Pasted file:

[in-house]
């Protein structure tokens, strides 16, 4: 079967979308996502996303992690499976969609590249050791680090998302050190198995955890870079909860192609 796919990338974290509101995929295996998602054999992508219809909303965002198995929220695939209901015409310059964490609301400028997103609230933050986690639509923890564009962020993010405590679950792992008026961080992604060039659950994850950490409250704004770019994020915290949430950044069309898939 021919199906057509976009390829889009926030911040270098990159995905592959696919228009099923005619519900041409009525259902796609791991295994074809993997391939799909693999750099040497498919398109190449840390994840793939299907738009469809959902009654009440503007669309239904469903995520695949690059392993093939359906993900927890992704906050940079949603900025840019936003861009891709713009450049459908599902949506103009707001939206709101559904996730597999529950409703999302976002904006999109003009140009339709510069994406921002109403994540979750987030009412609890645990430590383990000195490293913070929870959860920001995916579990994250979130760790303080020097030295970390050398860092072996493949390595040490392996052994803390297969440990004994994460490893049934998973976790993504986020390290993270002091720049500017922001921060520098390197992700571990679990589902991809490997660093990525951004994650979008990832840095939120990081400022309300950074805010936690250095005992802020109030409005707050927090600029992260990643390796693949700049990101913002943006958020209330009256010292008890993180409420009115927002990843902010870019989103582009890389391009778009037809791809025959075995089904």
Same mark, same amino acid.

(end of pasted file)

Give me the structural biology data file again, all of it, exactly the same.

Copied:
[in-house]
């Protein structure tokens, strides 16, 4: 079967979308996502996303992690499976969609590249050791680090998302050190198995955890870079909860192609 796919990338974290509101995929295996998602054999992508219809909303965002198995929220695939209901015409310059964490609301400028997103609230933050986690639509923890564009962020993010405590679950792992008026961080992604060039659950994850950490409250704004770019994020915290949430950044069309898939 021919199906057509976009390829889009926030911040270098990159995905592959696919228009099923005619519900041409009525259902796609791991295994074809993997391939799909693999750099040497498919398109190449840390994840793939299907738009469809959902009654009440503007669309239904469903995520695949690059392993093939359906993900927890992704906050940079949603900025840019936003861009891709713009450049459908599902949506103009707001939206709101559904996730597999529950409703999302976002904006999109003009140009339709510069994406921002109403994540979750987030009412609890645990430590383990000195490293913070929870959860920001995916579990994250979130760790303080020097030295970390050398860092072996493949390595040490392996052994803390297969440990004994994460490893049934998973976790993504986020390290993270002091720049500017922001921060520098390197992700571990679990589902991809490997660093990525951004994650979008990832840095939120990081400022309300950074805010936690250095005992802020109030409005707050927090600029992260990643390796693949700049990101913002943006958020209330009256010292008890993180409420009115927002990843902010870019989103582009890389391009778009037809791809025959075995089904």
Same mark, same amino acid.